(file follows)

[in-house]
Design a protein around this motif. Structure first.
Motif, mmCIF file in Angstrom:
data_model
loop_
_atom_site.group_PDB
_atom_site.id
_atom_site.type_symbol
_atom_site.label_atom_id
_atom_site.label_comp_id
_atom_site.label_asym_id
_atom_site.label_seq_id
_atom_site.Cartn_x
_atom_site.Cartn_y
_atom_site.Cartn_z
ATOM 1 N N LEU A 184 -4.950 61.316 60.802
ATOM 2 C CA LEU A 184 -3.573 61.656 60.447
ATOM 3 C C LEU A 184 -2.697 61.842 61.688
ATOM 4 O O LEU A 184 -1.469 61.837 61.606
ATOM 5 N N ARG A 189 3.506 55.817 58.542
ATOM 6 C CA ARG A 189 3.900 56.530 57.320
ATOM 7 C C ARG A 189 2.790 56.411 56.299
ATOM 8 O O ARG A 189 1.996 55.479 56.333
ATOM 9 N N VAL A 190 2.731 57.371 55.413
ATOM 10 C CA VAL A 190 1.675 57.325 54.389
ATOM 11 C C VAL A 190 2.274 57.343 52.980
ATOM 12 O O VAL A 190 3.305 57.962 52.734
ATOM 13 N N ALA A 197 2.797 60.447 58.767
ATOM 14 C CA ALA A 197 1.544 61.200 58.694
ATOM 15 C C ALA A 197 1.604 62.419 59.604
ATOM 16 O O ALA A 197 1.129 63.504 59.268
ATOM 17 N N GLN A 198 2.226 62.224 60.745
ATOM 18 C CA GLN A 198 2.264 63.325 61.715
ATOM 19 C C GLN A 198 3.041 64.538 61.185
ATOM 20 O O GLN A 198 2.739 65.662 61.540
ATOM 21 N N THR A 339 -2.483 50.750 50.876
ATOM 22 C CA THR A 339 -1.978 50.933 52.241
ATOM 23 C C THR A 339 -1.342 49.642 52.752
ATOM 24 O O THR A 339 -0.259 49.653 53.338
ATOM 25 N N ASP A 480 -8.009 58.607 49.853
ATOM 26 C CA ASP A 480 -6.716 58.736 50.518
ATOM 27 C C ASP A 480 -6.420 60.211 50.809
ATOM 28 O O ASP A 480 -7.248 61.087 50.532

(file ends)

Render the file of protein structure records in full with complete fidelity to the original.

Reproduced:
[in-house]
Design a protein around this motif. Structure first.
Motif, mmCIF file in Angstrom:
data_model
loop_
_atom_site.group_PDB
_atom_site.id
_atom_site.type_symbol
_atom_site.label_atom_id
_atom_site.label_comp_id
_atom_site.label_asym_id
_atom_site.label_seq_id
_atom_site.Cartn_x
_atom_site.Cartn_y
_atom_site.Cartn_z
ATOM 1 N N LEU A 184 -4.950 61.316 60.802
ATOM 2 C CA LEU A 184 -3.573 61.656 60.447
ATOM 3 C C LEU A 184 -2.697 61.842 61.688
ATOM 4 O O LEU A 184 -1.469 61.837 61.606
ATOM 5 N N ARG A 189 3.506 55.817 58.542
ATOM 6 C CA ARG A 189 3.900 56.530 57.320
ATOM 7 C C ARG A 189 2.790 56.411 56.299
ATOM 8 O O ARG A 189 1.996 55.479 56.333
ATOM 9 N N VAL A 190 2.731 57.371 55.413
ATOM 10 C CA VAL A 190 1.675 57.325 54.389
ATOM 11 C C VAL A 190 2.274 57.343 52.980
ATOM 12 O O VAL A 190 3.305 57.962 52.734
ATOM 13 N N ALA A 197 2.797 60.447 58.767
ATOM 14 C CA ALA A 197 1.544 61.200 58.694
ATOM 15 C C ALA A 197 1.604 62.419 59.604
ATOM 16 O O ALA A 197 1.129 63.504 59.268
ATOM 17 N N GLN A 198 2.226 62.224 60.745
ATOM 18 C CA GLN A 198 2.264 63.325 61.715
ATOM 19 C C GLN A 198 3.041 64.538 61.185
ATOM 20 O O GLN A 198 2.739 65.662 61.540
ATOM 21 N N THR A 339 -2.483 50.750 50.876
ATOM 22 C CA THR A 339 -1.978 50.933 52.241
ATOM 23 C C THR A 339 -1.342 49.642 52.752
ATOM 24 O O THR A 339 -0.259 49.653 53.338
ATOM 25 N N ASP A 480 -8.009 58.607 49.853
ATOM 26 C CA ASP A 480 -6.716 58.736 50.518
ATOM 27 C C ASP A 480 -6.420 60.211 50.809
ATOM 28 O O ASP A 480 -7.248 61.087 50.532